Class blog for sharing and commenting on current events in biology.

Saturday, May 24, 2014

Kathleen Conaton
Current Event #2

The MacGyver Cure for Cancer                                

David Walmer went on a volunteer mission to Haiti. He was sent to a hospital in a seaside town and was shocked by what he saw. Walmer, being a fertility specialist at Duke University, saw the local obstetrician-gynecologist names Jean-Claude Fertilien finishing a hysterectomy with the help of a flashlight, when the hospital generator wouldn’t start, or when an anesthesiologist wasn’t available for an emergency C-section. Walmer witnessed a women with undiagnosed cervical cancer go into septic shock and die right in front of him. In the US, cervical cancer is considered a preventable disease.

            In the U.S., screening for cervical cancer is typically done with Pap smears, a quick swab of a woman’s cervix to screen for cellular changes that foreshadow cancer. If abnormal cells are found, a doctor will usually perform a colposcopy, in which the cervix is examined using a specialized magnifying lens, a colposcope, to see if disease is visible. Cervical cancer used to be the top cancer killer among women before the 50’s and 60’s, when the Pap smears were invented. The mortality rate for cervical cancer is relatively low in the US. In developing countries it kills 250,000 women a year.

            David Walmers hope was to create a better way to look at the uterine lining. He bought a headlamp from a bike shop and a green filter from a camera store. That’s when it all began. At first Walmer's device was too uncomfortable and heavy. With the endless hours of work frustration rose and the project was set aside until Bob Malkin, a Duke professor and inventor suggested a new set of eyes look at the project. The students were game and the new colposcope was progressing. It would cost fewer than 750 dollars and help test for HPV. It could potentially end cervical cancer. Mother’s Day is approaching in Haiti, where some women wear flowers: red if your mother is living, white or purple if she is not. Family Health Ministries hopes to establish a new Mother’s Day tradition of cervical screening.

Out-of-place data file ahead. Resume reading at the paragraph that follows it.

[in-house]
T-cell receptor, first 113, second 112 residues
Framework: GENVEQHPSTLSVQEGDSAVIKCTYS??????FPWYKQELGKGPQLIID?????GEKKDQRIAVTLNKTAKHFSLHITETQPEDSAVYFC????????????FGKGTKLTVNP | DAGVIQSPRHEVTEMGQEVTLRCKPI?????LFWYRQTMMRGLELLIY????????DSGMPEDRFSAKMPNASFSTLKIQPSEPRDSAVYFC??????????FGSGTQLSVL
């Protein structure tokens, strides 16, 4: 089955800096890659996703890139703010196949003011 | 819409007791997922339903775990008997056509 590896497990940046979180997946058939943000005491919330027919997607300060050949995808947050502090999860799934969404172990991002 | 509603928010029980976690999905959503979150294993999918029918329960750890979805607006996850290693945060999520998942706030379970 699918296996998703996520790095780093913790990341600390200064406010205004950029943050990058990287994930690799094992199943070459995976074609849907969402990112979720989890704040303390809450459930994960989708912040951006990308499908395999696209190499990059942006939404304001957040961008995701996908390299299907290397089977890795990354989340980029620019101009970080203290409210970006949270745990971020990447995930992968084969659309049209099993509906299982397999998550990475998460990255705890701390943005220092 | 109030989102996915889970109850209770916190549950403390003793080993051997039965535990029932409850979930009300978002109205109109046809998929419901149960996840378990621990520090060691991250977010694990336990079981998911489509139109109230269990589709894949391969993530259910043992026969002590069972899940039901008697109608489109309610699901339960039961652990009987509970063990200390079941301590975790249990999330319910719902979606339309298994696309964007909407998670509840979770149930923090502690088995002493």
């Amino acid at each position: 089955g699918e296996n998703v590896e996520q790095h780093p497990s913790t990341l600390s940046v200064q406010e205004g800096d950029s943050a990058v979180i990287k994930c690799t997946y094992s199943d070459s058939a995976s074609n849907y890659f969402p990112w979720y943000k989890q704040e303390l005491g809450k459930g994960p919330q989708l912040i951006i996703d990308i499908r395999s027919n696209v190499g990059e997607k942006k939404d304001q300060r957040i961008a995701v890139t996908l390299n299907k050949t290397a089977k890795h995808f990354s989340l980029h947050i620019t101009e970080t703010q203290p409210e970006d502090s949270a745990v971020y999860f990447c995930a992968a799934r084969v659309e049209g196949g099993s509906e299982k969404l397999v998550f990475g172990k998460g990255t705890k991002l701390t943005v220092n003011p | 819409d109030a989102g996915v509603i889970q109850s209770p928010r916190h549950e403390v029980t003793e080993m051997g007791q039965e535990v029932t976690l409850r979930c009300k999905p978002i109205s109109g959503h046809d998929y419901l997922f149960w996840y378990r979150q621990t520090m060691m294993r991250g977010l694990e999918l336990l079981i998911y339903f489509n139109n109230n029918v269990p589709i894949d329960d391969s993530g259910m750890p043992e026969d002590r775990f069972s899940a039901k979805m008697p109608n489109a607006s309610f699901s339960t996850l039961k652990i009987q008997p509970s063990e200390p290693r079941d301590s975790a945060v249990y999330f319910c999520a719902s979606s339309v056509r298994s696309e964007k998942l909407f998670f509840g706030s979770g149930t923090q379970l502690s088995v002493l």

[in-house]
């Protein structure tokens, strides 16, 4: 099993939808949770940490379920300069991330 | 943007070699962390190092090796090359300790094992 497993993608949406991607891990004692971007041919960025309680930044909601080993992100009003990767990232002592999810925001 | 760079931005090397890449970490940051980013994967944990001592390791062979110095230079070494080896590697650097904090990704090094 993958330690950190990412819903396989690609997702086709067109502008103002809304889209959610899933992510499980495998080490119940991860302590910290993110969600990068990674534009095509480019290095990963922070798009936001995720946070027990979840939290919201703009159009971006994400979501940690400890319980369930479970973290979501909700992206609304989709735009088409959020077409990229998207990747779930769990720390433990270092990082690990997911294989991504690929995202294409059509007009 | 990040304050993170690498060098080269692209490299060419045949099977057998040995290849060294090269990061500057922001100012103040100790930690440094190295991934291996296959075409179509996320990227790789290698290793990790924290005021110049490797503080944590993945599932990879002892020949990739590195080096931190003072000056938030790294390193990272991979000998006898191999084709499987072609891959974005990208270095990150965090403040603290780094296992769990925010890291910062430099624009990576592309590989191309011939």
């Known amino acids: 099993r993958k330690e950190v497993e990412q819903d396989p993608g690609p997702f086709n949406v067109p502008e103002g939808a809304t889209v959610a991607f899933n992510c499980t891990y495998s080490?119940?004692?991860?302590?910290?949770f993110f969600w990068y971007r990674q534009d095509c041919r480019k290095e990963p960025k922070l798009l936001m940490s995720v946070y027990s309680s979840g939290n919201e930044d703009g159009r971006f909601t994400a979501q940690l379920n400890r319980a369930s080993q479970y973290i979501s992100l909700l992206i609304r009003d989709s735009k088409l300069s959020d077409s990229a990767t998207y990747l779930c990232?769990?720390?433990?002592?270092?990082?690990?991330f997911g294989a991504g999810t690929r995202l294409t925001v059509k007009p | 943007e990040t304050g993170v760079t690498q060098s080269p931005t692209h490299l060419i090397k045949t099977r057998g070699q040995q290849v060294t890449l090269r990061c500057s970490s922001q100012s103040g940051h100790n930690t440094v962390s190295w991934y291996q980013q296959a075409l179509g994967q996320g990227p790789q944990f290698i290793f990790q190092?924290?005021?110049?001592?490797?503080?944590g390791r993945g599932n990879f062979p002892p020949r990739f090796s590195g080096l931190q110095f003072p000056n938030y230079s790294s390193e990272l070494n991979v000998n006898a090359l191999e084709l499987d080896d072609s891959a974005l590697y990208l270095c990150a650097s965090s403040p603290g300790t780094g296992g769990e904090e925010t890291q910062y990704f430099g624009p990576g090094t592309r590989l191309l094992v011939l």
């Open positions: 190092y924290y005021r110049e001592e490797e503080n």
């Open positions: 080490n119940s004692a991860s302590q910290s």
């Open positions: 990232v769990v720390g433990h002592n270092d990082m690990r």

1. The first thing that grabbed my attentions about this article was the name, I’s really creative and funny. You put plenty of good facts in your write up, which made it really interesting. I really liked the detail about how they treat cervical cancer in Haiti and on how the treaty in Haiti differs. I also thought your point about how they celebrate mothers day in Haiti was pretty interesting.

    I was shocked to hear the amount of people that die in third world countries from cervical cancer when it is considered a preventable disease in the U.S. It’s hard to believe that 250,000 people die from it every year in other countries. I also liked the point you made about how cervical cancer use to be deadly in America during the 50’s and 60’s but is now one of the most treatable cancers.

    My only criticism about your write up is that you should of put more detail in how it affects America. I think it would have been more powerful if you used more comparisons between Haiti and the United States.

  2. I read Kathleen’s report and I was learned a lot of new things. I also really liked how it was written. First off, I liked that she gave background information about Pap smears. This is something that if she had just mentioned, I may have not known much about it, and I would have been a bit confused. I also liked how she gave a comparison of cervical cancer fatality numbers in the US to those in developing countries. This was very eye-opening because it is sad to think that something that is so preventable here is not preventable in other parts of the world. Finally, I liked how the review flowed. Kathleen presented good background information and then went into detail about what happened after.
    One thing that I think Kathleen could have done better is that she could have gone into a little more detail about the relevance of this new colposcope. For instance: Where is it being used? I also would have liked to see a critique of the article.
    Overall, I really enjoyed reading Kathleen’s review. I learned a lot about a topic I don not know much about but that I am interested in. Something I learned was that cervical cancer is very preventable in the United States.